Real Life Accident: Hull Damage After Contact With Bunker Vessel
A tanker at anchor was preparing to moor a large bunker vessel on her port side to receive fuel. When she was nearly in position, (bow to bow configuration with both vessels’ sterns in line) the bunker vessel passed two stern lines to the tanker’s port quarter, where they were belayed on bitts. The lines were hove tight. Due to the absence of any lines forward, the bow of the bunker vessel canted away, causing the sterns of the two vessels to close.
Despite numerous attempts by the tanker’s crew to warn them, the crew and the bridge team on the bunker vessel failed to notice or react to the impending collision. The bunker vessel’s accommodation and quarter made several contacts with the tanker’s side shell. In order to avoid further impact damage, the bunker vessel was cast off and the fuel transfer operation was aborted. The next morning, following a review of the mooring manoeuvre and evaluation of the prevailing and expected sea conditions, it was decided to proceed with the fuel transfer operation.
Unfortunately, due to the bunker vessel’s slight residual headway, once again her sternlines tightened and drew her stern in towards the tanker, and both vessels sustained more contact damage in the stern regions. In this incident also, the bunker vessel was cast off and ordered to move away. Both incidents were reported to the office and other concerned parties, including the classification society to survey the damage. On the third attempt, the vessels safely moored alongside each other, and the bunkering operation was completed without further incident.
Result of investigation
1 There was no evidence of fatigue as all involved were found to have had sufficient rest;
2 An alcohol test was carried out soon after the incident with negative results;
3 All personnel involved were found to have sufficient experience in ship-to-ship (STS) operations and bunkering;
4 The bunker vessel was permanently equipped with three pneumatic rubber fenders along her parallel body. They were later considered to be too small for the vessel’s size;
5 The bunker vessel’s mooring lines were on reels. Once tightened and the winch declutched, these prevented the crew from working the ropes quickly;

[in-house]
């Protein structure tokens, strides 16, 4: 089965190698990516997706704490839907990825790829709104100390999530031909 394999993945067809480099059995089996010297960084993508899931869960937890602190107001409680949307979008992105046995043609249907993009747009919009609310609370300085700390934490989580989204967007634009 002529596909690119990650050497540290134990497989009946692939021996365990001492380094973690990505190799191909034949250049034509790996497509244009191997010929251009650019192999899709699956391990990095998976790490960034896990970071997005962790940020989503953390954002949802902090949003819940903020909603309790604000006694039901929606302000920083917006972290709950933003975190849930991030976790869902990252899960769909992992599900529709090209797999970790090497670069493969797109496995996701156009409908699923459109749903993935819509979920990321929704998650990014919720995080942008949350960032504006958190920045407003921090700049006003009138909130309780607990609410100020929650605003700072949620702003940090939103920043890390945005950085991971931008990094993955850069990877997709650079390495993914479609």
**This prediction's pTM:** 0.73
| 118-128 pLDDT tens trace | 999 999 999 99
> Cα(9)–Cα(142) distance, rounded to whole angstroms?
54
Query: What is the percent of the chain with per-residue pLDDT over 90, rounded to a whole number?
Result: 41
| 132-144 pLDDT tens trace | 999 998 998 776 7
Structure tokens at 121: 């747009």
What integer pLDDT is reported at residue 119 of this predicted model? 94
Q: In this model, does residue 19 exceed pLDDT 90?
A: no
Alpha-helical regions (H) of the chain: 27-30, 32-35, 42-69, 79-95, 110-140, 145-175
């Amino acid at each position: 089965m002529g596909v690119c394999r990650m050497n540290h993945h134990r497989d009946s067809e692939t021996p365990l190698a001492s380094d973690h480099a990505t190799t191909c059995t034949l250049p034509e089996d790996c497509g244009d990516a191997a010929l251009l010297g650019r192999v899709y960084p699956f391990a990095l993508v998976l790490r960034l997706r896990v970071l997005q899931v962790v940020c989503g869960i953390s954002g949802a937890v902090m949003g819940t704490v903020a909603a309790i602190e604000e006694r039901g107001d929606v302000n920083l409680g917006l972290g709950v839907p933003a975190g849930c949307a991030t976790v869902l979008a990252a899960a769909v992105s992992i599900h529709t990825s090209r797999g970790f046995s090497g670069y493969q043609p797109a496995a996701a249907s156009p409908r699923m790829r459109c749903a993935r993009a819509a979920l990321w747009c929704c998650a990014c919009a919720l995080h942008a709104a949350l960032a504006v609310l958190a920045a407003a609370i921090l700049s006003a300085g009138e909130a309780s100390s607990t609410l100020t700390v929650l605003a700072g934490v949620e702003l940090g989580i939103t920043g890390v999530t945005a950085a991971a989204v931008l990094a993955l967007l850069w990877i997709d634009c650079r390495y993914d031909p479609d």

6 A replay of voyage data recorder (VDR) data showed that the bunker vessel repeatedly failed to respond to calls over the radio, especially in the critical final stages of mooring operations.
Root cause/contributory factors
1 Substandard conditions: Inadequate equipment. Subsequent expert opinion confirmed that, considering the size of the bunker tanker, the fenders were too small and there were not enough of them, especially for STS operations in open anchorages;
2 Substandard acts / practices: Poor planning / execution of the mooring manoeuvre. The combination of securing the sternlines first, improper monitoring and residual forward movement of the bunker vessel significantly contributed to the incidents;
3 Inadequate work planning: The size of the bunker vessel required more detailed hazard analysis and planning for the mooring operation so that more effective control measures could have been implemented;
4 Inefficient communications: Apart from lack of proper discussion of the proposed mooring manouevres, there was a complete breakdown in communication between the two vessels at the most critical times;
5 System failures: Insufficient guidance in company’s procedures. It was established that the company’s procedures lacked sufficient information for this operation to be performed more effectively.
1 Procedures in the SMS revised to:
i. Enhance the safety and efficiency of STS and bunkering operations;
ii. Improve risk assessment techniques for bunker transfer from bunker barges and bunker tankers at anchorages;
iii. Provide guidelines for better mooring planning and execution;
iv. Recommend means for more efficient communications between vessels.
2 A fleet bulletin was circulated to share the lessons learnt from the incident;
3 Incident to be included in officers’ pre-boarding familiarisation;
4 An external training program in marine resources management (MRM) has been implemented for officers;
5 A fleet-wide campaign for improving behavioural safety and introducing concepts like ‘Take 5’ and ‘Stop Work’ has been started;
6 All ships provided with software for proper planning and risk evaluation for STS and bunkering operations;
7 The incident to be included as a case study in the company’s risk management training programme.
Reference & Image Credits: nautinst